Finally, plaintiff's discussion in his Opposition Memorandum regarding the adequacy of MLPF&S's monthly statements demonstrates that there is no violation of the specific disclosure requirements of subsection (a)(2) of Rule 10b-16. In his memorandum, plaintiff reproduces certain entries from his monthly statement for September 1985. After commenting (with apparent approval) on MLPF&S's disclosures relating to interest charges, plaintiff finds fault with the entries relating to interest credits. Specifically, plaintiff states that


with respect to credit interest ("Cr. Int."), Merrill Lynch simply reported "50% BCR SMV." ("BCR" means "brokers call rate"; "SMV" means "short market value".) Merrill Lynch did not quantify BCR.

 Opp. Mem. at 9 (emphasis added). However, unlike disclosures relating to interest charges which do require an itemized breakdown under Rule 10b-16, there is no SEC rule or regulation requiring any particular disclosure format with respect to interest credits.

 For the foregoing reasons, plaintiff's claim under Rule 10b-16 is hereby dismissed.

 B. Other Claims

 1. Breach of Fiduciary Duty, the Shingle Theory, and Principles of Trust and Agency

 In his third claim for relief, plaintiff asserts that under the law of New York, MLPF&S, "as a broker acting as agent for its customers, is under a fiduciary duty to deal fairly and in complete candor with its customers concerning the matters entrusted to the broker, and not to misappropriate the economic benefits of collateral or property of the cestui qui trust." Complaint P 44. In his fourth and fifth claims, plaintiff alleges similarly that MLPF&S violated the "shingle theory" *fn7" and principles of "trust and agency" in connection with his short sales. Since these claims all allege theories of fiduciary law, they will be resolved together.

 The issue posed by these related claims is whether MLPF&S owes plaintiff a fiduciary or agency duty with respect to the specific practices regarding collateral in dispute in this action. MLPF&S concedes that it owes a fiduciary duty to the plaintiff -- arising from its role as plaintiff's agent -- to execute his securities transactions at the best prices reasonably obtainable. Plaintiff makes no allegation that MLPF&S failed to carry out this obligation. However, MLPF&S disputes that it owes plaintiff a fiduciary duty with respect to the collateral practices in question, arguing that the duty which plaintiff seeks to impose does not implicate MLPF&S's role as plaintiff's agent or fiduciary. Rather, MLPF&S contends, such a duty arises -- if at all -- from the relationship with MLPF&S recognized in plaintiff's margin agreement, namely, that of debtor and creditor. The Court agrees, for the reasons set forth below.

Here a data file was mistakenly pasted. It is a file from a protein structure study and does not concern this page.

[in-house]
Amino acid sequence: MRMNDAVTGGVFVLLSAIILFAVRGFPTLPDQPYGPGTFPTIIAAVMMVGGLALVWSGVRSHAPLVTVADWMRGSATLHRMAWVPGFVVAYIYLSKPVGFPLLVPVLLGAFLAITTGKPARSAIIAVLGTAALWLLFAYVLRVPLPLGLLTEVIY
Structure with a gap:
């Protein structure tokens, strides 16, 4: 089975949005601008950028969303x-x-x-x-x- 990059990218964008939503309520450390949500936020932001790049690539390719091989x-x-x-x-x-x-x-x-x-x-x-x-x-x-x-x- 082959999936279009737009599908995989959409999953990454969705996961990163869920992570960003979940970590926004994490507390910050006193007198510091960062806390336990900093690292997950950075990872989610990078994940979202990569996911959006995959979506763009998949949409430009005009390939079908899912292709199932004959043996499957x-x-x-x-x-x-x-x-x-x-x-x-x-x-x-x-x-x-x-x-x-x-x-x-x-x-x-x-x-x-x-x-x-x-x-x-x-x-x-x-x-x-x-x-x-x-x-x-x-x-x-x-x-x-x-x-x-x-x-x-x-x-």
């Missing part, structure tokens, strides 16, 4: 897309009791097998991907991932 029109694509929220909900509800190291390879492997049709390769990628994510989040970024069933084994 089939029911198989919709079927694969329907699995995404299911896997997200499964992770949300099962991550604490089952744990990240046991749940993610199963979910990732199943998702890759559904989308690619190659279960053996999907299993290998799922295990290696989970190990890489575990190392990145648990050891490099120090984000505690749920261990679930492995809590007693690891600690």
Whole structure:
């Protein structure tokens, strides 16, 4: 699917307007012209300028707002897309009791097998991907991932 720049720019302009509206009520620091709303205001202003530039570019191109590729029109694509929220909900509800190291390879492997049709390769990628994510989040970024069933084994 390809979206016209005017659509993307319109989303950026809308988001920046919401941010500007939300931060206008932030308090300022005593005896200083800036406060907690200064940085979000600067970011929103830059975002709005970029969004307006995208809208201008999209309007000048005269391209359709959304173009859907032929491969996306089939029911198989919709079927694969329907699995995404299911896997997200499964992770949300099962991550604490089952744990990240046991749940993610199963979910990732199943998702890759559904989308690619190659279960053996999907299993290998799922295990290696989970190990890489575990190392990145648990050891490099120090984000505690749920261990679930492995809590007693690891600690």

Under New York law, the "'mere existence of a broker-customer relationship is not proof of its fiduciary character.'" Rush v. Oppenheimer & Co., 681 F. Supp. 1045, 1055 (S.D.N.Y. 1988) (quoting Fey v. Walston & Co., 493 F.2d 1036, 1049 (7th Cir. 1974)). The fiduciary obligation between a broker and customer under New York law is limited to affairs entrusted to the broker, and "the scope of affairs entrusted to a broker is generally limited to the completion of a transaction." Schenck v. Bear, Stearns & Co., 484 F. Supp. 937, 947 (S.D.N.Y. 1979), overruled on other grounds, Conway v. Icahn & Co., 16 F.3d 504 (2d Cir. 1994). In the absence of discretionary trading authority delegated by the customer to the broker -- and none is alleged in the case at bar -- a broker does not owe a general fiduciary duty to his client. Schenck, 484 F. Supp. at 946-47.

 The law of states other than New York is similar. The Arizona Supreme Court has stated that


the agency relationship between customer and broker normally terminates with the execution of the order because the broker's duties, unlike those of an investment advisor or those of a manager of a discretionary account are only to fulfill the mechanical, ministerial requirements of the purchase or sale of the security . . . . While a broker and a customer have an agent-principal relationship with respect to each transaction to buy or sell, they may also have a separate and distinct relationship as creditor and debtor.

 Walston & Co. v. Miller, 100 Ariz. 48, 51-52, 410 P.2d 658, 661 (1966); see also Caravan Mobile Home Sales, Inc. v. Lehman Bros. Kuhn Loeb, Inc., 769 F.2d 561 (9th Cir. 1985) (finding no continuing fiduciary relationship where customer had a non-discretionary account with broker); Leib v. Merrill Lynch, Pierce, Fenner & Smith Inc., 461 F. Supp. 951 (E.D. Mich. 1978) (finding that broker owed only limited, transactional duties to customer who maintained non-discretionary account), aff'd, 647 F.2d 165 (6th Cir. 1981). The SEC has also recognized that the relationship of brokers to customers with respect to credit and debit balances in their accounts is that of debtor and creditor. In adopting Rule 15c3-2 governing the use of free credit balances in customer accounts, the SEC explained: